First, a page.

Going the Distance – An Orphan’s Story

Based On a True Story

My name is Manuel and my story is very similar to those of many of the children who come through this amazing, hope-filled place.

My parents died six years ago, when I was only nine. Suddenly I was alone. Feelings of abandonment flooded my mind. Nobody in my community would take me in, or care for me. Sure they “watched out” for me, making sure I wasn’t sleeping in a ditch and giving me scraps of food. But they wouldn’t bring me into their homes. They kept me at arms length. Outside the doors of the hearts.

I was confused and scared and hopeless. Why wouldn’t anybody truly help me?

Instead, I was forced me to work. I was told, “If you want to eat, you must work!” So I began making charcoal and selling it on the streets. It was a filthy, backbreaking job. But I got the hang of it faster than I got used to the smell. I would get up early in the morning in order to search out the best spots to set up my buckets of charcoal. I walked the roads alone, standing on street corners trying to earn enough money for food. I walked in and around the other children selling fish, or bananas, or tomatoes. I watched as young boys led their blind fathers up and down the streets begging for money. The smell of poverty was as heavy as the mid-summer heat. I would return late in the evening, completely worn out, but with just enough money to receive a small meal, usually my only meal of the day.

School was no longer an option. Like so many children, the dream of an education was replaced by the harsh reality of daily, tiresome labor. Finally, I found a man in the local market who sold handmade woodcarvings and leather sandals. Antonio was his name. He let me sell my charcoal in his stall next to him. How thankful I was to have shade and a place to sit.

Occasionally a couple named John and Maria would come by the market. There was a deep kindness in their eyes. They were always so interested in me, in my life, and in how I’d gotten here. One day, about four years ago, John invited me to live at his orphanage. He said I would have my own bed, and regular, daily meals … and that I could go back to school again! He also said that this orphanage was a place to learn about a father who would never abandon me.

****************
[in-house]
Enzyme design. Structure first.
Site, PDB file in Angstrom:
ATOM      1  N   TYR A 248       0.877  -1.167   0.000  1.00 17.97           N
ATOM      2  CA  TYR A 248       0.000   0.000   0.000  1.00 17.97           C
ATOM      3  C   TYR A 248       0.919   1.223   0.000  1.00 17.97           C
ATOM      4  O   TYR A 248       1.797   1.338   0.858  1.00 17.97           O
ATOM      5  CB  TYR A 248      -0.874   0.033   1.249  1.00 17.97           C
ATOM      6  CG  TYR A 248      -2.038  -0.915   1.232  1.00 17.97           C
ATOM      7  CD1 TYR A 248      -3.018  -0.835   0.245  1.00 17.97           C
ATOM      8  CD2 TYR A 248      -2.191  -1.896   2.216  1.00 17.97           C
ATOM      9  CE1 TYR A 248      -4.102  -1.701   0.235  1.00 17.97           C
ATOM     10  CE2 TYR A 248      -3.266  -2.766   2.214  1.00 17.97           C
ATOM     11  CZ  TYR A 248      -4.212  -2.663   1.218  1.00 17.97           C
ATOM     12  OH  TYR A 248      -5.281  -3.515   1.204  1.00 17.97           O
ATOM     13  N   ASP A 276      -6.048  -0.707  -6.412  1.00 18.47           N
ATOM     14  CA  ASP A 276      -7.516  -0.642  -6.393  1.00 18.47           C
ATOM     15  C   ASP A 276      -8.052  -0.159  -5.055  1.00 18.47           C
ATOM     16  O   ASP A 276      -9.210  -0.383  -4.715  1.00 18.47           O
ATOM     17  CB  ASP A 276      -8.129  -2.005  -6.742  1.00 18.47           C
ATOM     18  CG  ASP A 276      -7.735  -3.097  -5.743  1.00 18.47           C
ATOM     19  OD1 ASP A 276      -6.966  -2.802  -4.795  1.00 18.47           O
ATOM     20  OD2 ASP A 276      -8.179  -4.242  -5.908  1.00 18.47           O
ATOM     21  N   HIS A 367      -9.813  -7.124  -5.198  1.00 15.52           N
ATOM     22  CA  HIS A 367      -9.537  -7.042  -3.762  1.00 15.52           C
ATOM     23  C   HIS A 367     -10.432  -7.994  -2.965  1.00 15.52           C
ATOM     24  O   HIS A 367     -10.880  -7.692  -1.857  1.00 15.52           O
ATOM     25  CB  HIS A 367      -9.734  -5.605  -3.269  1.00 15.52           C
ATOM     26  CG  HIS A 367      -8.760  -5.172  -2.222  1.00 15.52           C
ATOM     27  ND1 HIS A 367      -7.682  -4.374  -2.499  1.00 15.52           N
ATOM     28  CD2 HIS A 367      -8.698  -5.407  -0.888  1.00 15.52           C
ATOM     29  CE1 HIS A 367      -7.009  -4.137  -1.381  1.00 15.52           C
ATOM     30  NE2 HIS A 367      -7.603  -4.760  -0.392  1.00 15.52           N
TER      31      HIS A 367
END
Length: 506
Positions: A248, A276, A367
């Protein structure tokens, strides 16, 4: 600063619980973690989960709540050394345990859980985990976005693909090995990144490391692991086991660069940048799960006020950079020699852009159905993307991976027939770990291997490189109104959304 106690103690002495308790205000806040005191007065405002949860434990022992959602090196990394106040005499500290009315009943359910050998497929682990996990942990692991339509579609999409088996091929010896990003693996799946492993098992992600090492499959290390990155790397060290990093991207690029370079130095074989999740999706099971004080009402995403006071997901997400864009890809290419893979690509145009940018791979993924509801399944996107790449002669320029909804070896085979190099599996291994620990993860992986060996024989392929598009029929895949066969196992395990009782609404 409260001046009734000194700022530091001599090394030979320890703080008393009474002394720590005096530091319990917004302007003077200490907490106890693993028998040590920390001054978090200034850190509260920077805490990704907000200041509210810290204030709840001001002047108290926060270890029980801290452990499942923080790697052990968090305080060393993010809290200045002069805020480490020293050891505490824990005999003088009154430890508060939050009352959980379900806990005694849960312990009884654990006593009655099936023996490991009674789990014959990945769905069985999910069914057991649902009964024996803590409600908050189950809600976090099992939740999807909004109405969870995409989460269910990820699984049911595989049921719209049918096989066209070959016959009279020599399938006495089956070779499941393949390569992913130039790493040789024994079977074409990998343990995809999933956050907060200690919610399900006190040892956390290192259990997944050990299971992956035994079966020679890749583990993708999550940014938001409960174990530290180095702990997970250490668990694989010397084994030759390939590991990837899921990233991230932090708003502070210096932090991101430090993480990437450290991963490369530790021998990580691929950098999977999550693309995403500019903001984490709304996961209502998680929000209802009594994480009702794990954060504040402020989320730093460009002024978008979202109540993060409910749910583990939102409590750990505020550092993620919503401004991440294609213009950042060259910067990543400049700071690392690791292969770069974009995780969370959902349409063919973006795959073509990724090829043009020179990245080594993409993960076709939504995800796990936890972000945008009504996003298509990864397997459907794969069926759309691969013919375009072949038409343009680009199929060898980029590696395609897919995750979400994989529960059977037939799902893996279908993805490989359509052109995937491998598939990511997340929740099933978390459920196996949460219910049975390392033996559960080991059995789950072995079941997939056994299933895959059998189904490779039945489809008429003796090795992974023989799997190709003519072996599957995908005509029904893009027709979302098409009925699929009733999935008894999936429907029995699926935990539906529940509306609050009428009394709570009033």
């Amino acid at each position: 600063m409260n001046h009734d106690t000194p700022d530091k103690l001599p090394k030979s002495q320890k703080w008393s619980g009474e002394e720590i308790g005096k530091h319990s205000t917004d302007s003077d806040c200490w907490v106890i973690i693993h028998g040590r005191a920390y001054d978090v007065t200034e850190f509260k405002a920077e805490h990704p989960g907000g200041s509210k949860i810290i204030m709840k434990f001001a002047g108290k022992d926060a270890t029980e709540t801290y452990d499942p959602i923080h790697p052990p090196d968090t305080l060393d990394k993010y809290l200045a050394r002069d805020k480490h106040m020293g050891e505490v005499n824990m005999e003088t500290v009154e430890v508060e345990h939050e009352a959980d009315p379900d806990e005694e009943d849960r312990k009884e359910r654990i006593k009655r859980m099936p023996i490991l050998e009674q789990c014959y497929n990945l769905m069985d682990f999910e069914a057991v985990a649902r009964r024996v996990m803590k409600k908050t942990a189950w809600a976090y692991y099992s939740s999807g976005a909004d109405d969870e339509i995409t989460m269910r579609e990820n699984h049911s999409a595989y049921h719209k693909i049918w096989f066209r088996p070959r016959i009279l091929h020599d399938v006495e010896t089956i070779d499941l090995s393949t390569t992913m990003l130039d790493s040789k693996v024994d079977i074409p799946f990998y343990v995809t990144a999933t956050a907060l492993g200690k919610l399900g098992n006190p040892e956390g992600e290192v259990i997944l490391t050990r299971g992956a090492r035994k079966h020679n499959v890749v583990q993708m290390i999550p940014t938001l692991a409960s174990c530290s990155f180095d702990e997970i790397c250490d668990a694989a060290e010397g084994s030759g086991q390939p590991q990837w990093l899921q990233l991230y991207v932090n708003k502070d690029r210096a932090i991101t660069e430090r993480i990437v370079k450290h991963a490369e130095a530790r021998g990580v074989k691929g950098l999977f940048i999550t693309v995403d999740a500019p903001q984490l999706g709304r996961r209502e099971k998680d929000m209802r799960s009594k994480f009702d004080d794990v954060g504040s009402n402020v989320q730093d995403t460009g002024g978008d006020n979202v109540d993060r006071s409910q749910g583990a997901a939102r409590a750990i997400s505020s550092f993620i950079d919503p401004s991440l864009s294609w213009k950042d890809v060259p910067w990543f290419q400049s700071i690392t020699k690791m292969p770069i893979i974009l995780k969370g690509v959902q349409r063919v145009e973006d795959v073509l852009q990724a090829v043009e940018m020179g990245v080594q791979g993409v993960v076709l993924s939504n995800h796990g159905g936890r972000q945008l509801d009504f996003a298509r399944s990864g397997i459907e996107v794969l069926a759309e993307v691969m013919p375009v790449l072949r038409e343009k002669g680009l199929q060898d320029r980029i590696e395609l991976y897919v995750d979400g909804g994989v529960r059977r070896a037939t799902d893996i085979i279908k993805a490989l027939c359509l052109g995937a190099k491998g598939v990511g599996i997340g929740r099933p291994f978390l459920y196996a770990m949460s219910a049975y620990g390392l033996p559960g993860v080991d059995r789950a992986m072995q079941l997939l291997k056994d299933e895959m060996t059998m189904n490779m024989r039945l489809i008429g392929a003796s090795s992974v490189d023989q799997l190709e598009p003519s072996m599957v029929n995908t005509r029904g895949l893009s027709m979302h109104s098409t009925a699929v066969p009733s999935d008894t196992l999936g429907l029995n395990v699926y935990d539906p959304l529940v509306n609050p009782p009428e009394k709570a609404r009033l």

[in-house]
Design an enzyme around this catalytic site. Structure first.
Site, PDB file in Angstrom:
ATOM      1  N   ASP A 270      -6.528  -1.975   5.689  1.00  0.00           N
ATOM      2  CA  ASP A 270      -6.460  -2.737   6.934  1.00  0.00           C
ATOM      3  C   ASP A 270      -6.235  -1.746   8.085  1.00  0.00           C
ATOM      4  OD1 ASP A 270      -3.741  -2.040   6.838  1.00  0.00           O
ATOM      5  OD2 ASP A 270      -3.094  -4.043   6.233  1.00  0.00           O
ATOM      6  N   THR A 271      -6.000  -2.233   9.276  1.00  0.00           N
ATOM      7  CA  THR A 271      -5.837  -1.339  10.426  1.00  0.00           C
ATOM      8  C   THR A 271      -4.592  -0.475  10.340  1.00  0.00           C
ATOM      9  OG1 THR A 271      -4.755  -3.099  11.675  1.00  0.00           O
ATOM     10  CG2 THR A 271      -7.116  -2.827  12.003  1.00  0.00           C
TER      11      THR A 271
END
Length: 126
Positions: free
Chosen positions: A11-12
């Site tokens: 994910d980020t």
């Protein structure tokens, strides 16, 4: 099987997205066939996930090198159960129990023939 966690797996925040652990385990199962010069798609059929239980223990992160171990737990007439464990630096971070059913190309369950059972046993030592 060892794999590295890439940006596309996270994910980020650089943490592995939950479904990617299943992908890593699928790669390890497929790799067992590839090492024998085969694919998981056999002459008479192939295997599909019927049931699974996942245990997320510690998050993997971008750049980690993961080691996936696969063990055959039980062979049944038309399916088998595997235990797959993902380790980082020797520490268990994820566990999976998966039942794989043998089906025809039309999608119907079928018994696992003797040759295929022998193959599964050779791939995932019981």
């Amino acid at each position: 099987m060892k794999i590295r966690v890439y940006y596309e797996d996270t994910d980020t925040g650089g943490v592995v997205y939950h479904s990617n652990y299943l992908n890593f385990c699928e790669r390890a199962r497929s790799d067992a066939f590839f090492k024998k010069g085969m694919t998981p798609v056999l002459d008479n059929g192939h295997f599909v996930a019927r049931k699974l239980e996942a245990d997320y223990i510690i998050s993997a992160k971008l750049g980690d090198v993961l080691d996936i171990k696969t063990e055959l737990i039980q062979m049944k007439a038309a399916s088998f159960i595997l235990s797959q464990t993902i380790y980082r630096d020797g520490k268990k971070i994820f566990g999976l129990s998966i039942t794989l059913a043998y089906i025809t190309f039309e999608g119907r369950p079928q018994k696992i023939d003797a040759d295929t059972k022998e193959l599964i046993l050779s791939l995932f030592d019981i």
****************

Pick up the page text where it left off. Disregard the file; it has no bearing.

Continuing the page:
I was apprehensive at first. I had heard of the cruel treatment that often takes place in some of these “orphanages.” But Antonio said that the Melanie Center was different, that I could trust John and Maria. They said I could visit first, to see if I’d like to live there.

Being at the Melanie Center has been wonderful. I have friends, a place to play, and plenty of food. I have responsibilities and chores to do too, because I know that it is important to help and work for what I have been given. The best thing has been going back to school! I enjoy learning so much and I want an education as badly as I wanted breakfast and lunch during my days on the streets.

“Hope is a really good thing. I think it’s one of the best gifts that God gives. Hope is a star that guides us through the silent night. Hope is a baby born in a stable. Hope is a Father who never lets us go.”

I love living at the Melanie Center, but my story is also different from the stories of many of the children here. Older kids, like myself, often do not get adopted. Families want a toddler or an infant to love from an early age. I understand that, but it still hurts. Don’t they know that I need a caring home just as much?

In three years I will graduate from school and I’m not sure what will be next. My dream is to go to college. I want to be a doctor. John and brother Alex often talk to me about the importance of going to college and the opportunities that an education can provide. But of course, money is a problem. Alex tells me that college isn’t as expensive as it is in America, but still I can only ask, how will I pay for it? For now, I will focus on doing my best in school. John and Alex tell me to trust that God will provide.

I have learned a lot about God at the Melanie Center. I go to church now. John and Maria are both pastors. Brother Alex and his wife Melanie tell me stories from the Bible and I try to help them with their Portuguese. I am learning to build my hope in God. I am finding that hope isn’t believing that my life is going to work out as perfectly as I want, but instead it is believing that God is working through all things, no matter how my life turn out.

Hope is a really good thing. I think it’s one of the best gifts that God gives. Hope is a star that guides us through the silent night. Hope is a baby born in a stable. Hope is a Father who never lets us go.

Merry Christmas from Mozambique.